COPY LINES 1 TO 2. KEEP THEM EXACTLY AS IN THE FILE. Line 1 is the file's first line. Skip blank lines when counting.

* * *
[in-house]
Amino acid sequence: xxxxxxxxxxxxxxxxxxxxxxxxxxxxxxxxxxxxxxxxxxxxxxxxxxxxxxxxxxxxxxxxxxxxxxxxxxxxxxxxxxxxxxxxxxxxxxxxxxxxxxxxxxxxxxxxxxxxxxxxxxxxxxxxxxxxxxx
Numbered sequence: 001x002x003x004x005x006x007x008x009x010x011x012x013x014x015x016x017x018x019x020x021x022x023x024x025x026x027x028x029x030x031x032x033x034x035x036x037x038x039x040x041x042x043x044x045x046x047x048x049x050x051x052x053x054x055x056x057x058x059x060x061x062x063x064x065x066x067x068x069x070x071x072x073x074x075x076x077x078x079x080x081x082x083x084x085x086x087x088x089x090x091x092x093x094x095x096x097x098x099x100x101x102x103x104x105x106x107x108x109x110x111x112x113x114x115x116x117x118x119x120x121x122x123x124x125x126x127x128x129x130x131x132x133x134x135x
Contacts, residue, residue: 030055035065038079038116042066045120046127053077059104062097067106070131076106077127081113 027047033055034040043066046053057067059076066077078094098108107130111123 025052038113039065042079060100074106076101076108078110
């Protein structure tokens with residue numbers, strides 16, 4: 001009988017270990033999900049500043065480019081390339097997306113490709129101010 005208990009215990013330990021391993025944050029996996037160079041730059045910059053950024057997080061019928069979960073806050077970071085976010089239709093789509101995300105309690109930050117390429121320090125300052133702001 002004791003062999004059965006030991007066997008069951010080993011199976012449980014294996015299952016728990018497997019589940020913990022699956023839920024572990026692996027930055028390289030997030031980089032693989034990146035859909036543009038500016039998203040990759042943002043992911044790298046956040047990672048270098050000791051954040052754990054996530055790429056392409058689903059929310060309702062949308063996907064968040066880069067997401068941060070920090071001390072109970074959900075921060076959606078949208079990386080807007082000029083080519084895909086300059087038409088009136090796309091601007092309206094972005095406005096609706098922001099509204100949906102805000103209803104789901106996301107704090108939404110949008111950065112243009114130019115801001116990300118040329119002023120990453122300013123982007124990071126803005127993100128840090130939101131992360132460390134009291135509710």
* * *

[in-house]
Amino acid sequence: xxxxxxxxxxxxxxxxxxxxxxxxxxxxxxxxxxxxxxxxxxxxxxxxxxxxxxxxxxxxxxxxxxxxxxxxxxxxxxxxxxxxxxxxxxxxxxxxxxxxxxxxxxxxxxxxxxxxxxxxxxxxxxxxxxxxxxx